Julian Cowley in The Wire, February 2009
Roulette is a long-established New York venue for innovative music and intermedia art. Roulette TV is a series of half-hour programmes broadcast on the Manhattan cable network, each a showcase for an individual composer or interpreter to present and then discuss their work. The series is available online, and now 12 installments have been packaged onto DVD. 'New and experimental music' is the catchment area; baggy terminology, but what's deeply pleasing about this project is its avoidance of the usual suspects. It's not about flavours of the month or avant garde celebrity, and as a result it's consistently stimulating and sometimes revelatory.
Composer and trombonist Jim Staley has produced the shows. Video artist Terri Hanlon has directed them with minimal fuss and proper attention to the music. They are hosted by singer, multi-instrumentalist and performance stylist Phoebe Legere, who looks like a Fellini diva yet conducts a good interview. the theatrical artifice of her persona, her flamboyance and propensity for hyperbole, seem initially a distraction, but these ingredients actually create a welcome fizz around some of the musicians whose modesty or introspective seriousness in conversation might otherwise seem rather flat. Their brief chats with Legere frequently prove illuminating.
The music is never in need of that kind of support. One programme features the explosive and extrovert pianism of Kathleen Supove. Another presents a harmonically intricate, often blissful piano meditation by 'Blue' Gene Tyranny. Margaret Leng Tan demonstrates extraordinary refinement of ear and execution in her delicately coloured or subtly percussive interpretations of pieces for prepared piano. Marilyn Crispell approaches the keyboard with weight and concentration in a gripping dialogue with eloquent saxophonist Lotte Anker.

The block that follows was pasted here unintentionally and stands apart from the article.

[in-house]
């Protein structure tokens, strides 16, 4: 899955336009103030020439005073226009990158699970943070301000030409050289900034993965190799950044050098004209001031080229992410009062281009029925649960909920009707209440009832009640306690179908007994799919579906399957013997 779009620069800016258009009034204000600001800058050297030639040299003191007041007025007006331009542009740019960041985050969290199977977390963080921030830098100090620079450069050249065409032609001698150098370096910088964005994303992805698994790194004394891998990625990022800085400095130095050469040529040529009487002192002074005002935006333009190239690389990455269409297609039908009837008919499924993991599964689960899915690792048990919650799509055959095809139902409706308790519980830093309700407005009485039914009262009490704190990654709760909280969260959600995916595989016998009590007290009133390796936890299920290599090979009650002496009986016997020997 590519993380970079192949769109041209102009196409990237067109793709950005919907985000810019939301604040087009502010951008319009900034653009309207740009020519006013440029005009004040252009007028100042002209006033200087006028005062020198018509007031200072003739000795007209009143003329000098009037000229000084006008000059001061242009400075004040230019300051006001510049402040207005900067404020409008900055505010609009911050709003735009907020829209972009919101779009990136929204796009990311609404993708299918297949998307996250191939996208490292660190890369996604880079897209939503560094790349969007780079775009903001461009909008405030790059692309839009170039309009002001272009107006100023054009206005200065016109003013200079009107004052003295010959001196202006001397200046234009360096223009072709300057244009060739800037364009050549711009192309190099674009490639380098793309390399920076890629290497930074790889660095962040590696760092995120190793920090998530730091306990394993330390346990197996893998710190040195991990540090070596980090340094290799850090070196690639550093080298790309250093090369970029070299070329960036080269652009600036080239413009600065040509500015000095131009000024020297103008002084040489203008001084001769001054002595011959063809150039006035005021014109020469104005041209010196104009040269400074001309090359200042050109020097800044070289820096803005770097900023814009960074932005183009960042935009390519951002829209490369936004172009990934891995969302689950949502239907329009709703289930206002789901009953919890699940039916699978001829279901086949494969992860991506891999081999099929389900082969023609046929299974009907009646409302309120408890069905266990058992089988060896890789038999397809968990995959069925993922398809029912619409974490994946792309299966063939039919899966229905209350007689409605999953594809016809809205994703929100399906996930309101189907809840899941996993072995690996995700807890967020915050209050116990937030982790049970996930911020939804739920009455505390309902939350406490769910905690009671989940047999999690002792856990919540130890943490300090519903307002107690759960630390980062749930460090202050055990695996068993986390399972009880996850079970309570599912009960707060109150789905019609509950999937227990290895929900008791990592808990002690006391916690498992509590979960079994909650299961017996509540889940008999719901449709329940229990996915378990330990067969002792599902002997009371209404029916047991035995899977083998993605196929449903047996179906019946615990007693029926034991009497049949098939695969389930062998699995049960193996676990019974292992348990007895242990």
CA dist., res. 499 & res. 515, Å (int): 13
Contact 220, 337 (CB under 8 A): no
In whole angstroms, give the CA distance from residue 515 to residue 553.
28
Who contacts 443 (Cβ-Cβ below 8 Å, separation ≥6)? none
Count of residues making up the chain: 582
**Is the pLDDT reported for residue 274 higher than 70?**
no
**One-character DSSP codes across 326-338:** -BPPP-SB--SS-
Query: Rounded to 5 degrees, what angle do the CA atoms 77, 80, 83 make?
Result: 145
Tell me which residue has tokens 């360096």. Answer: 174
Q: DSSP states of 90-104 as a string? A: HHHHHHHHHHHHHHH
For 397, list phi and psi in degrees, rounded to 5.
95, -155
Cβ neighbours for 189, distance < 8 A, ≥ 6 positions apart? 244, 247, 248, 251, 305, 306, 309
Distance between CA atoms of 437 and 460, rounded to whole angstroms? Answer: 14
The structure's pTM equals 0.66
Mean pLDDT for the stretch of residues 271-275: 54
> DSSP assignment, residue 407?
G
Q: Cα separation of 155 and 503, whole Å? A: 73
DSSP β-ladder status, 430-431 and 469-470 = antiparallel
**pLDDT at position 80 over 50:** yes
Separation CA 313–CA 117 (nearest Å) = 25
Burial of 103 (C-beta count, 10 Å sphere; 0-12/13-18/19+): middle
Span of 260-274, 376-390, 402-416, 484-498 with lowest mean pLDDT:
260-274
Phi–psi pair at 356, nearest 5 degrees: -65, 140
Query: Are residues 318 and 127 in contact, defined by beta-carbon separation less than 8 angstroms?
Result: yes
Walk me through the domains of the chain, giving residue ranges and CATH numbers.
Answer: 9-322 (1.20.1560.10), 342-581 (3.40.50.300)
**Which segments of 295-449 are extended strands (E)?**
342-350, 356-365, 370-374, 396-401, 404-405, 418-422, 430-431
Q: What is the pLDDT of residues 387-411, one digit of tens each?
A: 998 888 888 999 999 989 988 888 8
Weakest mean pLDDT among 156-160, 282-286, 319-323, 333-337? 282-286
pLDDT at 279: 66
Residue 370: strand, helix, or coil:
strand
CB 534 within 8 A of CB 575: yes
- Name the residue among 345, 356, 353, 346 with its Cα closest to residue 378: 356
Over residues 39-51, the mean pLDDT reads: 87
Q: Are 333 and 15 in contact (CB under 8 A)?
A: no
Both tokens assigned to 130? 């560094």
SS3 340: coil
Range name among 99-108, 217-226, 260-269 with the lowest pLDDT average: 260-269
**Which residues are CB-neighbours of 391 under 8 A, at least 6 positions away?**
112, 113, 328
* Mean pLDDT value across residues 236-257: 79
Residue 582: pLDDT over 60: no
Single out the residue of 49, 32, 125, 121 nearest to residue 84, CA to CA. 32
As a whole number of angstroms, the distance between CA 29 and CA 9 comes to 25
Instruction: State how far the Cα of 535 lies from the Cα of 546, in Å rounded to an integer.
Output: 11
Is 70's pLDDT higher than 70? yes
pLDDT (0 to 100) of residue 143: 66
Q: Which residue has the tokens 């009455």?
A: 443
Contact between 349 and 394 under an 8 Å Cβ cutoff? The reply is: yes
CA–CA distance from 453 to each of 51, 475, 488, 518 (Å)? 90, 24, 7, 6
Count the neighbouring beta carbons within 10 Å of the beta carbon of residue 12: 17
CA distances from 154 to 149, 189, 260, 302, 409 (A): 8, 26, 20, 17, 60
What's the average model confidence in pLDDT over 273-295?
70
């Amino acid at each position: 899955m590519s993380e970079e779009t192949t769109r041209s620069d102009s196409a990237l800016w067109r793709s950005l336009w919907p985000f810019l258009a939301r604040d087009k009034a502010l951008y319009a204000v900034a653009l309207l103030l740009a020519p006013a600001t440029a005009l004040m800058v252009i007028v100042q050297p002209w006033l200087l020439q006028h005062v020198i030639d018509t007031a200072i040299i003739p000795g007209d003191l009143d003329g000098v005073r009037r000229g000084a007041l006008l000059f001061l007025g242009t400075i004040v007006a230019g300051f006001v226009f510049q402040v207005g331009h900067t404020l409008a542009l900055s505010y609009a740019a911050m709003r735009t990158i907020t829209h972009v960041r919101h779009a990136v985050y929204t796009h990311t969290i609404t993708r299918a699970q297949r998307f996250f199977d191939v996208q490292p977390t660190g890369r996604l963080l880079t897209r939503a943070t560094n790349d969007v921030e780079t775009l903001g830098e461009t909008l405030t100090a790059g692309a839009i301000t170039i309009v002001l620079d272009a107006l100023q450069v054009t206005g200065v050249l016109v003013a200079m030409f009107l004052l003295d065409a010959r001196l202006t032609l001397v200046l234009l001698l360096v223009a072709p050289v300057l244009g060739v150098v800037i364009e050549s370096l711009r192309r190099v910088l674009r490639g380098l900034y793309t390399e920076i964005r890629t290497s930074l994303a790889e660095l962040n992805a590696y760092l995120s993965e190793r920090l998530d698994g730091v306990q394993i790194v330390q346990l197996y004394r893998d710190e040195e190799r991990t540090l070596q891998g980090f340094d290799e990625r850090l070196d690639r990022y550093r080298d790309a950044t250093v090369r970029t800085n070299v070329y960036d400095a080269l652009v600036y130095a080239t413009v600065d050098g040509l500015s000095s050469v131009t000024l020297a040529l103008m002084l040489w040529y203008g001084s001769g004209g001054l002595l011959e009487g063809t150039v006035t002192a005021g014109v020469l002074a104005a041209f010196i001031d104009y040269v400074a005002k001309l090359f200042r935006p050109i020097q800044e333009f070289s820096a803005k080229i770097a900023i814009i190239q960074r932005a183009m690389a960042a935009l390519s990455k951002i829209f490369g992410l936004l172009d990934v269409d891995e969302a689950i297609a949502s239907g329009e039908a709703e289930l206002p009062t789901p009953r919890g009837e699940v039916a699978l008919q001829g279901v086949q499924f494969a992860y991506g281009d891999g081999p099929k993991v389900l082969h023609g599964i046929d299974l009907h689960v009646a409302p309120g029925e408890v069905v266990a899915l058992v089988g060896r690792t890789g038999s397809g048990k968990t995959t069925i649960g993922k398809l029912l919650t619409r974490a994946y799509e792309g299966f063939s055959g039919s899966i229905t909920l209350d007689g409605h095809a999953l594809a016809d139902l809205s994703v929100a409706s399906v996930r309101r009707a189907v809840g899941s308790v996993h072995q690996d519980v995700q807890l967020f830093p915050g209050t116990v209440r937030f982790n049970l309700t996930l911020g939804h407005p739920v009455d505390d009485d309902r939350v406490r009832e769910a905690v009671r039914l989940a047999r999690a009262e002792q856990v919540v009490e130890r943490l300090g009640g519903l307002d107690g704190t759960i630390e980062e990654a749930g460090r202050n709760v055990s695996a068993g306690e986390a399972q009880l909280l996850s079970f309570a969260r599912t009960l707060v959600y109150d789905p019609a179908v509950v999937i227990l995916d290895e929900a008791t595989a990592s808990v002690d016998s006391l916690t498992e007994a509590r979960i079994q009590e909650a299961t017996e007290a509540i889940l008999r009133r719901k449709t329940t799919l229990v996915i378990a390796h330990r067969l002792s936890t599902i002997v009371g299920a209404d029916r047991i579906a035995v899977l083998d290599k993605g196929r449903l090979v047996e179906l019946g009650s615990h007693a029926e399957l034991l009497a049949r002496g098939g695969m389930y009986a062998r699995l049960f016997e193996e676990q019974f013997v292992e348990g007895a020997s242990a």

There's a double dose of composer and alto saxophonist Oliver Lake, who like Crispell is usually filed narrowly under jazz. He remarks how taxonomic labels can divert creative music from its potential audience. Roulette TV's new and experimental rubric in fact means inclusiveness. Andrew Cyrille dispiays the breadth of his conception of drumming, alone and in combination with tuba player Bob Stewart and trumpeter Roy Campbell. Soprano Joan La Barbara demonstrates her art of sound painting, a stunning array of vocal techniques in symbiosis with subtle electronics. The underexposed Lois V Vierk talks about her intriguing music, highly original yet rooted in close study of Japanese gagaku tradition. There's an especially fine performance of her Manhattan Cascade by accordionist Guy Klucevsek. Best of all, for me, is a performance of Long Throw by its composer, David Behrman, at the piano and viola, with John King on electric guitar and viola, interacting with laptop software to produce wonderfully seductive and consoling music.
Some of the contributors here are unquestionably major figures, but none of them are obvious choices. A sense of looseknit community prevails. There's an element of mutual admiration, a gathering of diverse yet kindred spirits, comparable in feel to Phill Niblock's XI label or Thomas Buckner's Mutable Music. But as in those cases, any sense of indulgence is far outweighed by the rewards.